In a Linux/Unix environment it has become standard practise to include a special comment in a script's first line, which will direct the command interpreter (shell) where to find the executable, the so-called "hash bang" line. Usually the complete path to the executable is written, thus making this line in the script dependent on the host's file system structure.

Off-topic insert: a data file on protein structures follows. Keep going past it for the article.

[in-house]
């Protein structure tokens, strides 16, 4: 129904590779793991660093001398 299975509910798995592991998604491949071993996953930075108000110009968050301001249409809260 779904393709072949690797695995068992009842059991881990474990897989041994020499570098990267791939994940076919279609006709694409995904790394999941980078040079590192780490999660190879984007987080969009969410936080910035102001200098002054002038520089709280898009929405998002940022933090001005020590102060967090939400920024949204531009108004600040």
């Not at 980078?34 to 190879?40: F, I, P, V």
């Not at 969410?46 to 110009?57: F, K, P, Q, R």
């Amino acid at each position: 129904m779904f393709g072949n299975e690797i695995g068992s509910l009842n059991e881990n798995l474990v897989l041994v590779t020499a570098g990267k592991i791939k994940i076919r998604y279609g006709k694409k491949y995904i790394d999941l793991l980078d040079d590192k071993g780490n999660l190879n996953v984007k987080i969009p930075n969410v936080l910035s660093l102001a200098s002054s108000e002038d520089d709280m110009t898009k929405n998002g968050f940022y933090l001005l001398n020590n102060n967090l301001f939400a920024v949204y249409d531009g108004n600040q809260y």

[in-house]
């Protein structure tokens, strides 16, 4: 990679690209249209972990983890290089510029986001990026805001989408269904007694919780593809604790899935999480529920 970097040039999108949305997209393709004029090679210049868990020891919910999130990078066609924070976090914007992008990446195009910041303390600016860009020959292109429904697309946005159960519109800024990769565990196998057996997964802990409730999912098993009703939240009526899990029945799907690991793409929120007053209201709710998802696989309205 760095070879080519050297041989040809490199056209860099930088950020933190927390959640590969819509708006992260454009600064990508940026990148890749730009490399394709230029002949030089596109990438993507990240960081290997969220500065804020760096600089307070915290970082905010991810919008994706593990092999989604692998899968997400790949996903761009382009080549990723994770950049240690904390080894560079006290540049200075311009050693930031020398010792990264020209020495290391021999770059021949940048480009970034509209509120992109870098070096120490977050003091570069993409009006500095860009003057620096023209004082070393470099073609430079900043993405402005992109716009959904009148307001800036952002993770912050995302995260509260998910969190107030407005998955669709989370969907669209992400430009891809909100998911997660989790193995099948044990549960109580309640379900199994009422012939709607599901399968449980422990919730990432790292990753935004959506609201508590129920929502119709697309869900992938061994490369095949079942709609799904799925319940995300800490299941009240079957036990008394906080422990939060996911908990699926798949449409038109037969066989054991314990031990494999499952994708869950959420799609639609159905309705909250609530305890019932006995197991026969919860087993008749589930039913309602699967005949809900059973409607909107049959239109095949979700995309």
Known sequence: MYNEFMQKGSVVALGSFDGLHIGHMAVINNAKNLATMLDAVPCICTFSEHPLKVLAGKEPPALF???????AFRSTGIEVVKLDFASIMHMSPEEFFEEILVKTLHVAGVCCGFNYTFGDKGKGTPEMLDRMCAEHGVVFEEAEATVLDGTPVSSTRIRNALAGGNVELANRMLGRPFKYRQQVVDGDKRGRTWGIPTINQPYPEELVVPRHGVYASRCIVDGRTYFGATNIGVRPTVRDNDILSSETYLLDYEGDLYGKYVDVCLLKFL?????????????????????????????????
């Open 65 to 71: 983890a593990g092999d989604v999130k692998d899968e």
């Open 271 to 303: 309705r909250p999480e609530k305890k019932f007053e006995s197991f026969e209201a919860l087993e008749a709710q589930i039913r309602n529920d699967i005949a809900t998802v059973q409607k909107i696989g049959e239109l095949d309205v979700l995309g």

#!/usr/bin/perl -w # script 'tst' print "Hello, world!\n";
Now, instead of running
$ perl tst
you can run just the script itself:
which will produce the expected
This however requires that a valid Perl executable exists in
/usr/bin/ or the shell will produce an error. The '-w' option is always recommended, it will direct Perl to produce warnings about unsafe code such as using undeclared variables, and other potential traps.